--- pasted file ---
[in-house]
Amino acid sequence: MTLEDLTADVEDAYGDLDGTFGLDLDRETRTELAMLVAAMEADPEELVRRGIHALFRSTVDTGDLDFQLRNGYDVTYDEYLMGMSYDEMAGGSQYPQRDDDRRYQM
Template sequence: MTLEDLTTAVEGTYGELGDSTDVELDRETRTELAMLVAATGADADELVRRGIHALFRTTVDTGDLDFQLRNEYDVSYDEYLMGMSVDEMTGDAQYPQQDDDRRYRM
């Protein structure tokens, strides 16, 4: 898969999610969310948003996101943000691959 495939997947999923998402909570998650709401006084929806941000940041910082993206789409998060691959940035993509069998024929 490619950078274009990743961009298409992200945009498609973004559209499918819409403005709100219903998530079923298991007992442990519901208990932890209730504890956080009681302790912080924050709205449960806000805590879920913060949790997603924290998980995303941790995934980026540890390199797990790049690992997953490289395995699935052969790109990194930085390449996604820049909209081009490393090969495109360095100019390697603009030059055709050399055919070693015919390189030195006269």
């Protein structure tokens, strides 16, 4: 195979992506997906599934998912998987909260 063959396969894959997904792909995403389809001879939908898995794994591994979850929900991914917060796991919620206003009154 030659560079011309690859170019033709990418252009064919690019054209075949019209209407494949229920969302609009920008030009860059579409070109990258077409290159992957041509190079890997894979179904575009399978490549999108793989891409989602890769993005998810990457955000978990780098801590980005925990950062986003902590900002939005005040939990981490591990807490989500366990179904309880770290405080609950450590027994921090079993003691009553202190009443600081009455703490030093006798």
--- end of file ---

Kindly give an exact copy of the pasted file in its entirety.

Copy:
[in-house]
Amino acid sequence: MTLEDLTADVEDAYGDLDGTFGLDLDRETRTELAMLVAAMEADPEELVRRGIHALFRSTVDTGDLDFQLRNGYDVTYDEYLMGMSYDEMAGGSQYPQRDDDRRYQM
Template sequence: MTLEDLTTAVEGTYGELGDSTDVELDRETRTELAMLVAATGADADELVRRGIHALFRTTVDTGDLDFQLRNEYDVSYDEYLMGMSVDEMTGDAQYPQQDDDRRYRM
């Protein structure tokens, strides 16, 4: 898969999610969310948003996101943000691959 495939997947999923998402909570998650709401006084929806941000940041910082993206789409998060691959940035993509069998024929 490619950078274009990743961009298409992200945009498609973004559209499918819409403005709100219903998530079923298991007992442990519901208990932890209730504890956080009681302790912080924050709205449960806000805590879920913060949790997603924290998980995303941790995934980026540890390199797990790049690992997953490289395995699935052969790109990194930085390449996604820049909209081009490393090969495109360095100019390697603009030059055709050399055919070693015919390189030195006269």
């Protein structure tokens, strides 16, 4: 195979992506997906599934998912998987909260 063959396969894959997904792909995403389809001879939908898995794994591994979850929900991914917060796991919620206003009154 030659560079011309690859170019033709990418252009064919690019054209075949019209209407494949229920969302609009920008030009860059579409070109990258077409290159992957041509190079890997894979179904575009399978490549999108793989891409989602890769993005998810990457955000978990780098801590980005925990950062986003902590900002939005005040939990981490591990807490989500366990179904309880770290405080609950450590027994921090079993003691009553202190009443600081009455703490030093006798």